Bush reiterates first-strike policy

Undaunted by the difficult war in Iraq, the US president has reaffirmed his strike-first policy against terrorists and enemy nations and said Iran may pose the biggest challenge for America.

    Bush unveiled his National Security Strategy report

    In a 49-page national security report on Thursday, George Bush said diplomacy is the US preference in halting the spread of nuclear and other weapons.

    But he added: "If necessary, however, under long-standing principles of self defence, we do not rule out the use of force before attacks occur - even if uncertainty remains as to the time and place of the enemy's attack."

    The report, titled National Security Strategy, summarises Bush's plan for protecting America and directing US relations with other nations. It is an updated version of a report Bush issued in 2002.

    In the earlier report a year after the September 11 attacks, Bush underscored his administration's adoption of a pre-emptive policy, marking the end of a deterrent military strategy that dominated the Cold War.

    The latest report makes it clear Bush hasn't changed his mind, even though no weapons of mass destruction were found in Iraq.

    Nuclear weapons

    "The consequences of an attack with weapons of mass destruction are potentially so devastating, we cannot afford to stand idly by as grave dangers materialise. The place of pre-emption in our national security strategy remains the same," Bush wrote.

    "The consequences of an attack with weapons of mass destruction are potentially so devastating, we cannot afford to stand idly by"

    George Bush,
    US president

    The report had harsh words for Iran. It accused the government of supporting terrorists, threatening Israel and disrupting democratic reform in Iraq. Bush said diplomacy to halt Tehran's suspected nuclear weapons work must prevail to avert a conflict.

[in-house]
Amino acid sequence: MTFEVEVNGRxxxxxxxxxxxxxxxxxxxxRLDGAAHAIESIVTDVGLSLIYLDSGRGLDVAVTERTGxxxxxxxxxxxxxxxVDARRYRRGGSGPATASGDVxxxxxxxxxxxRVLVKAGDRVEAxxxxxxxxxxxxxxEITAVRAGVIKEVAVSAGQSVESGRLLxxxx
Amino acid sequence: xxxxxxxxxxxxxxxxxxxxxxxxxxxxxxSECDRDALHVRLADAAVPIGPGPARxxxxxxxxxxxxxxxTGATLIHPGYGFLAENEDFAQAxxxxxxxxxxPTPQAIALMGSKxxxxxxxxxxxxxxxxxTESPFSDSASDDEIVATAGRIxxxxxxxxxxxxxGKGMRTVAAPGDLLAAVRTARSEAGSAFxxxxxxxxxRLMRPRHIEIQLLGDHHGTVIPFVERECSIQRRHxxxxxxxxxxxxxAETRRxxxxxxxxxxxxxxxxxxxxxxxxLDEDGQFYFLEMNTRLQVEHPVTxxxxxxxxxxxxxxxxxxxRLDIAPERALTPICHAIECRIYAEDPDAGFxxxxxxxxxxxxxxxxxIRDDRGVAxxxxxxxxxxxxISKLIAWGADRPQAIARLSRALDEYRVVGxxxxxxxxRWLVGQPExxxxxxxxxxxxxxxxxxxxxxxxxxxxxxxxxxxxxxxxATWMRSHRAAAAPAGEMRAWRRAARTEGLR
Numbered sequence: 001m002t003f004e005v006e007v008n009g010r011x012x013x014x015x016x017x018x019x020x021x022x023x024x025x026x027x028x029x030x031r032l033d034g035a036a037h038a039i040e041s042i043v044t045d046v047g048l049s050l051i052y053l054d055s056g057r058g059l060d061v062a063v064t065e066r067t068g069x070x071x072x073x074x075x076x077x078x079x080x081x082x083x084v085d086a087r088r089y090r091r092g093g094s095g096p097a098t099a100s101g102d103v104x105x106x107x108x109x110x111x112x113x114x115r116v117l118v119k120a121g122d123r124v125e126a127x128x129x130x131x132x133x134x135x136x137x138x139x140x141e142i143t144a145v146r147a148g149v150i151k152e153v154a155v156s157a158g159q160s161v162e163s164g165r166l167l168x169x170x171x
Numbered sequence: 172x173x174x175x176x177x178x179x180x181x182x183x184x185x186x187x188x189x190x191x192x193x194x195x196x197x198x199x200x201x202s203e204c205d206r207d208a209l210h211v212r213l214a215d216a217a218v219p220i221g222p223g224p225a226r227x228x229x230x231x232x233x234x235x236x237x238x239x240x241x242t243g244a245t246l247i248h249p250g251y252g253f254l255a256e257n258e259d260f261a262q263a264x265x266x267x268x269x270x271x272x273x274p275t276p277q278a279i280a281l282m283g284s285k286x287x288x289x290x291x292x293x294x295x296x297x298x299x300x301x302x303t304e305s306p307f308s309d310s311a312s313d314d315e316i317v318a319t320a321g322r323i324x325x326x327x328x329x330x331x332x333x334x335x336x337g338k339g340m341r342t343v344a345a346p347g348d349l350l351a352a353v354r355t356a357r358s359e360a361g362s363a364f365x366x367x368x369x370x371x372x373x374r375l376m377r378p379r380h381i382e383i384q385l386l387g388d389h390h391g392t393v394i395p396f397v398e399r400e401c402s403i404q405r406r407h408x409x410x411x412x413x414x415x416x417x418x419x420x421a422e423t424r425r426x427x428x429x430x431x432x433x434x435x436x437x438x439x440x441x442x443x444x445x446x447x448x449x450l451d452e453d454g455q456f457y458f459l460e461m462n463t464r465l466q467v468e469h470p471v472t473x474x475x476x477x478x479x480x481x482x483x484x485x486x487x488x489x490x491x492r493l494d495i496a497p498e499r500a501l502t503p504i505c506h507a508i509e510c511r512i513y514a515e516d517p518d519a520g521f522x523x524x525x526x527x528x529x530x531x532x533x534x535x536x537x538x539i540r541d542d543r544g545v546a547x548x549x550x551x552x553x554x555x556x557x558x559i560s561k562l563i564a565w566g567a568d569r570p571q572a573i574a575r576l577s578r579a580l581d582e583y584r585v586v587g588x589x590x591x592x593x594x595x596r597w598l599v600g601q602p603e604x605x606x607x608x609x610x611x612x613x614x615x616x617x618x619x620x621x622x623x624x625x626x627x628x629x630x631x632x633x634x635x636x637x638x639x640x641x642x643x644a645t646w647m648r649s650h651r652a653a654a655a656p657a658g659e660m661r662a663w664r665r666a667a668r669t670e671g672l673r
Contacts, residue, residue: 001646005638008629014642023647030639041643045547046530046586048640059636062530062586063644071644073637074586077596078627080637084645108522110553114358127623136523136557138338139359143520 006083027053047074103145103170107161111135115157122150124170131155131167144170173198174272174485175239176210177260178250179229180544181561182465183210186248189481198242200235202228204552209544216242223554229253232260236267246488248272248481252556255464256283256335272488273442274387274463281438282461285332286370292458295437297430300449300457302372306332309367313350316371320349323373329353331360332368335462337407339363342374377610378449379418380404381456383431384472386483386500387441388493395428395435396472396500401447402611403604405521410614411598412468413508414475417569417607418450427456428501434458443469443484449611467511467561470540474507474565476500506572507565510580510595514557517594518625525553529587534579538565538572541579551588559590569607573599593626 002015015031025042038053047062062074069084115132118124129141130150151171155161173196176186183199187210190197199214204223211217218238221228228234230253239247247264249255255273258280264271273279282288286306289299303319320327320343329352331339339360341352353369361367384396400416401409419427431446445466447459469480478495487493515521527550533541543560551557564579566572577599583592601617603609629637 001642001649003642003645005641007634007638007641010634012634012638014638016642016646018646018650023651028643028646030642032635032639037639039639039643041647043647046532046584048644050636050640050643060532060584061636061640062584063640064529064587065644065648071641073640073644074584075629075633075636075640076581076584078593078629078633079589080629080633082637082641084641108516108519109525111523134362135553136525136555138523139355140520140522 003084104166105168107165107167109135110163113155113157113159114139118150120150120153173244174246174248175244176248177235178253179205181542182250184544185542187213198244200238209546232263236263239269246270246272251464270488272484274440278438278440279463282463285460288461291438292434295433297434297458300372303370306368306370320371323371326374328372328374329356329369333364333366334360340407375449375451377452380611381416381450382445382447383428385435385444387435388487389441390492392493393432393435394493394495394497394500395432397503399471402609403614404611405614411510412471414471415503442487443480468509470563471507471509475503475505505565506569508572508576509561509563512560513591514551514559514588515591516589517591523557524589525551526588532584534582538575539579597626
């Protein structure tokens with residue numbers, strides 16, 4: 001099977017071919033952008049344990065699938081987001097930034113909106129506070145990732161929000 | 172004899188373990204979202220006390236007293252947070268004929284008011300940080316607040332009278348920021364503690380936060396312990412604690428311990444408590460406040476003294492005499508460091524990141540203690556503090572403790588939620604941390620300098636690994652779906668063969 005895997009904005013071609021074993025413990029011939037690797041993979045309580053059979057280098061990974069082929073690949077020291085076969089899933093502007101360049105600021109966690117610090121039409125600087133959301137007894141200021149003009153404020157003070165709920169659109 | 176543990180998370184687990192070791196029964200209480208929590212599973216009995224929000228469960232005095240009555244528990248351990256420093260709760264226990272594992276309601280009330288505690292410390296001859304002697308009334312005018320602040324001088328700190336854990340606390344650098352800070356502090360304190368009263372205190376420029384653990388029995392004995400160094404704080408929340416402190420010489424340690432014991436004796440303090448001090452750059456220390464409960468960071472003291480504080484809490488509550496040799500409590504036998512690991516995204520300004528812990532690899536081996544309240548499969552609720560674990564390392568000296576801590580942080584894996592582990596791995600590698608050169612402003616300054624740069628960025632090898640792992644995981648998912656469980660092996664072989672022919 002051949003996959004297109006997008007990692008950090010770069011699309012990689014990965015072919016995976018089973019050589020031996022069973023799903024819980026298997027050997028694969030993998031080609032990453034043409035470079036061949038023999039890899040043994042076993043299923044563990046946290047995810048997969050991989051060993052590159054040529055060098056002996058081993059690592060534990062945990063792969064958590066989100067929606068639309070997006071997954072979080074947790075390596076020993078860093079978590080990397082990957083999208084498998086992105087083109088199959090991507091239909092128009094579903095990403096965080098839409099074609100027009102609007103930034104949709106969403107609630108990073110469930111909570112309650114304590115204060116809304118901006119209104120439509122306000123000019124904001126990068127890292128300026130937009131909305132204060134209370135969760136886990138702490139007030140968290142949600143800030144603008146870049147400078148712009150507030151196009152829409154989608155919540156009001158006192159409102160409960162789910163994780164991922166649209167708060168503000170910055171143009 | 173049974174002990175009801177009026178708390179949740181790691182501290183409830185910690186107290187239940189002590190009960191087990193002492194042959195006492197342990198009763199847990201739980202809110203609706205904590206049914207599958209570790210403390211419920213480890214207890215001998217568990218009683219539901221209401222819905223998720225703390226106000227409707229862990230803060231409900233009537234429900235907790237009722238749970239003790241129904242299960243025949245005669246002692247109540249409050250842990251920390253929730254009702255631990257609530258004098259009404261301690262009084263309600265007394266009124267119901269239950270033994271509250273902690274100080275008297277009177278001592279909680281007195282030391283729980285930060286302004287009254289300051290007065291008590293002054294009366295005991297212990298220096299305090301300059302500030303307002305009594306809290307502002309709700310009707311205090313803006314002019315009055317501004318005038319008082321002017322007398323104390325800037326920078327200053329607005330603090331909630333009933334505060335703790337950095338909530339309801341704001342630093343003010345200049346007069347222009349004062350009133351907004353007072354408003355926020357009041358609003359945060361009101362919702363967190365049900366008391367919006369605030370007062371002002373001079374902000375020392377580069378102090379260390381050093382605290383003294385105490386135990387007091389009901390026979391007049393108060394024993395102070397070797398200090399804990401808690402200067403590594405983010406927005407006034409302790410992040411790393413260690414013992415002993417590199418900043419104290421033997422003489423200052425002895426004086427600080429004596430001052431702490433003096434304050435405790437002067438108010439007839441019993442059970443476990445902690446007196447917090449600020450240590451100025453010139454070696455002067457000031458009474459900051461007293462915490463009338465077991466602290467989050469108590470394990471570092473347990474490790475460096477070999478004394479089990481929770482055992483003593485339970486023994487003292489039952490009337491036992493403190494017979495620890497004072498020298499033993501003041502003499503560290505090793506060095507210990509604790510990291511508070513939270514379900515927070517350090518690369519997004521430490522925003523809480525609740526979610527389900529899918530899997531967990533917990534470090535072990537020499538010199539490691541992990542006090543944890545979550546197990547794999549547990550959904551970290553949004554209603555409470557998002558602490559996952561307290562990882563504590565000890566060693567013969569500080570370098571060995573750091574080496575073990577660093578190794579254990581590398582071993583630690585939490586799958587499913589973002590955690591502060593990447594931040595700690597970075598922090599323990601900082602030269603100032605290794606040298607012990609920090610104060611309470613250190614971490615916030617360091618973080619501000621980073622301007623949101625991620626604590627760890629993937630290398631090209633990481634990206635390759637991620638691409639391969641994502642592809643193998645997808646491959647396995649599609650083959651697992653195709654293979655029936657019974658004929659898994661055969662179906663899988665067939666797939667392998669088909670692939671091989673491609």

"This diplomatic effort must succeed if confrontation is to be avoided," Bush said.

    He did not say what would happen if international negotiations with Iran failed.

    The Bush administration is working to persuade Russia and China to support a proposed UN Security Council resolution demanding that Iran end its uranium enrichment programme.

    North Korea

    Bush also had tough words for North Korea, which he said poses a serious nuclear proliferation challenge, counterfeits US currency, traffics in narcotics, threatens its neighbours and starves its people.

    "The North Korean regime needs to change these polices, open up its political system and afford freedom to its people," Bush said. "In the interim, we will continue to take all necessary measures to protect our national and economic security against the adverse effects of their bad conduct."

    Bush issued rebukes to Russia and China and called Syria a tyranny that harbours terrorists and sponsors terrorist activity.

    On Russia, Bush said recent trends show a waning commitment to democratic freedoms and institutions. "Strengthening our relationship will depend on the policies, foreign and domestic, that Russia adopts," he said.

    The United States also is urging change in China.

    "China's leaders must realise, however, that they cannot stay on this peaceful path while holding on to old ways of thinking and acting that exacerbate concerns throughout the region and the world," Bush wrote.

    He said these "old ways" include enlarging China's military in a non-transparent way, expanding trade, yet seeking to direct markets rather than opening them up, and supporting energy-rich nations without regard to their misrule or misbehavior at home or abroad.



    How different voting systems work around the world

    How different voting systems work around the world

    Nearly two billion voters in 52 countries around the world will head to the polls this year to elect their leaders.

    How Moscow lost Riyadh in 1938

    How Moscow lost Riyadh in 1938

    Russian-Saudi relations could be very different today, if Stalin hadn't killed the Soviet ambassador to Saudi Arabia.

    The great plunder: Nepal's stolen treasures

    The great plunder: Nepal's stolen treasures

    How the art world's hunger for ancient artefacts is destroying a centuries-old culture. A journey across the Himalayas.